Books

Dolly Parton Likes to Read by the Fire in Her Pajamas

What books are on your night stand?

The Bible, of course; a daily devotional book; and a charming book called “The Midnight Library,” by Matt Haig.

What’s the last great book you read?

You know I am shameless and am always selling something so of course the answer is my new book, “Dolly Parton, Songteller,” in stores everywhere! LOL!

Are there any classic novels that you only recently read for the first time?

I worked on a Christmas show last year so to get into the spirit of things I read Charles Dickens’s “A Christmas Carol” and last summer I read “The Grapes of Wrath.”

Describe your ideal reading experience (when, where, what, how).

My ideal reading experience is any minute I have free in my music room, but especially on a rainy day off with a fire blazing, wearing my PJs and sitting in a comfy chair.

What’s your favorite book no one else has heard of?

Not enough folks know what a great book “Kindred,” by Octavia E. Butler, is. It’s kind of tricky to describe but somehow it all works — it’s about race relations and there’s time travel and romance. It’s powerful.

What book should everybody read before the age of 21?

“To Kill a Mockingbird.”

What book should nobody read until the age of 40?

Any of those AARP instruction manuals or any book about aches and pains!

Which writers — novelists, playwrights, critics, journalists, poets — working today do you admire most?

I love Lee Smith, Rick Bragg and Diana Gabaldon. Also anybody deserves credit who can sit down and type thousands of pages. I don’t have that skill.

Have any books influenced your artistic development as a songwriter or a musician?

Everything I came in contact with influenced me as a songwriter. I have to keep my eyes and heart open to all of life, so in some way, all the books I have read have touched me in one way or another.

Who are your favorite musician-writers? Your favorite memoir by a musician?

Right now, it’s “Simple Dreams,” by Linda Ronstadt. She both writes and sings like an angel.

What are the best books about music you’ve read?

This will sound odd but the thesaurus! I’m always looking for new ways to rhyme and a good thesaurus has proven to be a great asset to me.

What moves you most in a work of literature?

I’m a total sap — love and romance, of course, and anything involving children gets me every time. I guess given the songs I’ve written, that answer is not a big surprise!

Which genres do you especially enjoy reading? And which do you avoid?

I love historical fiction with a touch of romance — writers like Lee Smith or Diana Gabaldon. I avoid horror.

How do you organize your books?

There is always one in my hand and I give the rest away to family and friends. I have book bags everywhere, shelves at every house, and I exchange books with friends and family all the time.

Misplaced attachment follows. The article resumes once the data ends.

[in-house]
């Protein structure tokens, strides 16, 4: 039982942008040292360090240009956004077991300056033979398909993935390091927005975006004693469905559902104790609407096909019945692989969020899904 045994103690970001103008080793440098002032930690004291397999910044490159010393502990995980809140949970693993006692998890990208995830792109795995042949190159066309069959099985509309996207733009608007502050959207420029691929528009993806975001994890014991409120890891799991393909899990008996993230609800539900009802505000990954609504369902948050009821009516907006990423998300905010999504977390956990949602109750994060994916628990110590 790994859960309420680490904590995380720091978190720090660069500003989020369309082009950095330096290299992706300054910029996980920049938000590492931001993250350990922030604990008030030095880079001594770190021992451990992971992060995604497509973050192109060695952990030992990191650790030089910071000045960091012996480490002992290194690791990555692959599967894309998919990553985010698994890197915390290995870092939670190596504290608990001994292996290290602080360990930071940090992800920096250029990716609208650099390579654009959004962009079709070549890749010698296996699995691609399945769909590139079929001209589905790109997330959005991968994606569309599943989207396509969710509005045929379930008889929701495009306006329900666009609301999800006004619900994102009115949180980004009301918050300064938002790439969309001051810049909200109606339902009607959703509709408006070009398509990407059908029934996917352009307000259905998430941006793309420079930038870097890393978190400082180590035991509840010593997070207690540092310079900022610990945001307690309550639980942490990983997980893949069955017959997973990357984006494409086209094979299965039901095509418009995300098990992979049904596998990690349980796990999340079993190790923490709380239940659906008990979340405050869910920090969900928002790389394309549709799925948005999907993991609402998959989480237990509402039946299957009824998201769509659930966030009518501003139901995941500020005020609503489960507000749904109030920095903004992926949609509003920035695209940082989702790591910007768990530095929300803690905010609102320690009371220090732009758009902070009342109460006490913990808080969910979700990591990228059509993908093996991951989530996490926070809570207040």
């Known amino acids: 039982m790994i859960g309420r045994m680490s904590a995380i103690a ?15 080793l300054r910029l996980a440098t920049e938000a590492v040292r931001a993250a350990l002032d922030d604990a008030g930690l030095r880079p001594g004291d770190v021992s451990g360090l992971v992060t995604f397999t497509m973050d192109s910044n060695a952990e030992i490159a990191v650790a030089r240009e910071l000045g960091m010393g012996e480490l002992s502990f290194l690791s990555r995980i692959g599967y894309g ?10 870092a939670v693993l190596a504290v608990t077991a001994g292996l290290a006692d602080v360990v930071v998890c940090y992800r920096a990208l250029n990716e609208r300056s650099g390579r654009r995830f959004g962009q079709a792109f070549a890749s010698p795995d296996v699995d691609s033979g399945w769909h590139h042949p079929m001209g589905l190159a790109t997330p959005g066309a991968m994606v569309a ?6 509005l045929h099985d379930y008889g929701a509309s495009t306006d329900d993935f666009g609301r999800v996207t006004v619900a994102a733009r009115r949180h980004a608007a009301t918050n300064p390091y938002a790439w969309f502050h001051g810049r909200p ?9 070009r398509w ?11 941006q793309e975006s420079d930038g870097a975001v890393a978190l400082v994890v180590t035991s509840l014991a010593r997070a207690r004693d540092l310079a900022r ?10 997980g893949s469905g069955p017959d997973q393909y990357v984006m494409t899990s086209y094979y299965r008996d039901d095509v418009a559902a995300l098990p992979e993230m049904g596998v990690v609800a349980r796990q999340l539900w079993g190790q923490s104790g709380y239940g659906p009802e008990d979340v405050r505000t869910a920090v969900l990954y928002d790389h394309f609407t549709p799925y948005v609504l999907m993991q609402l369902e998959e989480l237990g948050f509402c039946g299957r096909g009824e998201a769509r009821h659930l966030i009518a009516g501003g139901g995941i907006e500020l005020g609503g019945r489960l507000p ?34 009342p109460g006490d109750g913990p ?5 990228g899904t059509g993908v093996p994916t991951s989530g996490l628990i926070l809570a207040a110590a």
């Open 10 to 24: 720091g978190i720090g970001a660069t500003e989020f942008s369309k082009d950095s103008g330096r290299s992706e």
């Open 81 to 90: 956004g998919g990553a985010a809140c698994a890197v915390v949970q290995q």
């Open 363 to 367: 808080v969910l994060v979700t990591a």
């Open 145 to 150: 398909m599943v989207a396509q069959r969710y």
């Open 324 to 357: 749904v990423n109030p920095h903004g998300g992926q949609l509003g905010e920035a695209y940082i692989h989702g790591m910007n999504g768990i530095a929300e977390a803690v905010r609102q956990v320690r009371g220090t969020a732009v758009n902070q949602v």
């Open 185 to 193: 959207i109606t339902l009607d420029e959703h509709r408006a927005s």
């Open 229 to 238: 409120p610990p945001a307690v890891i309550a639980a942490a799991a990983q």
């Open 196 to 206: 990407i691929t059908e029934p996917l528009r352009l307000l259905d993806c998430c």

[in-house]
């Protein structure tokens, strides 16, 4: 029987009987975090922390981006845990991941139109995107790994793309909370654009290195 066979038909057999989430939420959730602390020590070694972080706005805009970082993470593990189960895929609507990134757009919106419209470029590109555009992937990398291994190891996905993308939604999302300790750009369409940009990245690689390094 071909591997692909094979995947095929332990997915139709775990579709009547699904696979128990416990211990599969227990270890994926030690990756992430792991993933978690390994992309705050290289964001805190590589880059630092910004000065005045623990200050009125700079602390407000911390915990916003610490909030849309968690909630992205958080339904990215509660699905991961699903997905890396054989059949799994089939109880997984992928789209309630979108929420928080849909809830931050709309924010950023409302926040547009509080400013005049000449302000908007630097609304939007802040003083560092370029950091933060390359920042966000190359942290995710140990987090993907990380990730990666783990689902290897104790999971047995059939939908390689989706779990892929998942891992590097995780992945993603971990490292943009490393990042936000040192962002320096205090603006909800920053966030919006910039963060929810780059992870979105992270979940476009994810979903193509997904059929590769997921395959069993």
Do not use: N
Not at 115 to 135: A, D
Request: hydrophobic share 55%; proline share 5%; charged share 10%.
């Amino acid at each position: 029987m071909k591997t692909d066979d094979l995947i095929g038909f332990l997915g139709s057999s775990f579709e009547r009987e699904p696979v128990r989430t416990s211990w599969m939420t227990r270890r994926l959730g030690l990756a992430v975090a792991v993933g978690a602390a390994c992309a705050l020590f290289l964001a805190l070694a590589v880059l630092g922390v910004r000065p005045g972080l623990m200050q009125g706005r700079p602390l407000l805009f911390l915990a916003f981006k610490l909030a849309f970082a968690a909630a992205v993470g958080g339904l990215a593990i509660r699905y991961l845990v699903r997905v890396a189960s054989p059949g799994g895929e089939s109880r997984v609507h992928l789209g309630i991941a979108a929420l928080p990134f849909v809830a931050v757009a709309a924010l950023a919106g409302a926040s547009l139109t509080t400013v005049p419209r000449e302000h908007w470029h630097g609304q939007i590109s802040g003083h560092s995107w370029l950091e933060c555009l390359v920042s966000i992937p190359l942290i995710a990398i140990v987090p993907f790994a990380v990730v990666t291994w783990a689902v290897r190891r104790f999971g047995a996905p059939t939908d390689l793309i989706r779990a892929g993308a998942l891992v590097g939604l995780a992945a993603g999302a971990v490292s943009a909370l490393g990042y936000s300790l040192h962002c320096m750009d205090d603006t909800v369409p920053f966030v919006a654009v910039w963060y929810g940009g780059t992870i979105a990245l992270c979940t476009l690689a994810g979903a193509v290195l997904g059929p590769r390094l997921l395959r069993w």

What book might people be surprised to find on your shelves?

All of my friends know that I love to read so I am given every kind of book imaginable. I’m sure that if you looked, something would surprise you.

What’s the best book you’ve ever received as a gift?

I was given my mother’s pocket Bible after she died, something I treasure. It’s the best book I ever got.

Who is your favorite fictional hero or heroine? Your favorite antihero or villain?

My favorite hero is the Little Engine That Could. My favorite villain would be the banker in “Auntie Mame,” by Patrick Dennis.

What kind of reader were you as a child? Which childhood books and authors stick with you most?

When I was a little kid, my dad didn’t want us to have library books around the house because the younger kids would ruin them and he couldn’t afford to replace them. I have always loved “The Little Engine That Could,” so I started my Imagination Library with it to show kids that they can do anything. I’m really proud that we’ve given away over 145,000,000 books to kids and have more than 1.7 million children registered around the world — in fact, last September was our highest enrollment of children yet. Books were a lifeline to me as a child — I know they make a difference.

What books are you embarrassed not to have read yet?

I don’t really embarrass very easily, so I can’t say that’s ever happened. But I am often surprised that something has not crossed my path. When you get to be a certain age, you feel like you’ve seen everything and I learn every day that I’m just starting this journey.

You’re organizing a literary dinner party. Which three writers, dead or alive, do you invite?

First would be James Patterson because, since we are both in entertainment, we could write it off as a business expense. (Ha!) Second would be Fannie Flagg — she’s a friend and a very funny author, so I know she would be a guaranteed good time. Third would be Maya Angelou because she would definitely have wonderful stories and spoke and wrote so poetically. As a bonus, I’d ask Charles Dickens to join us — for the street cred.

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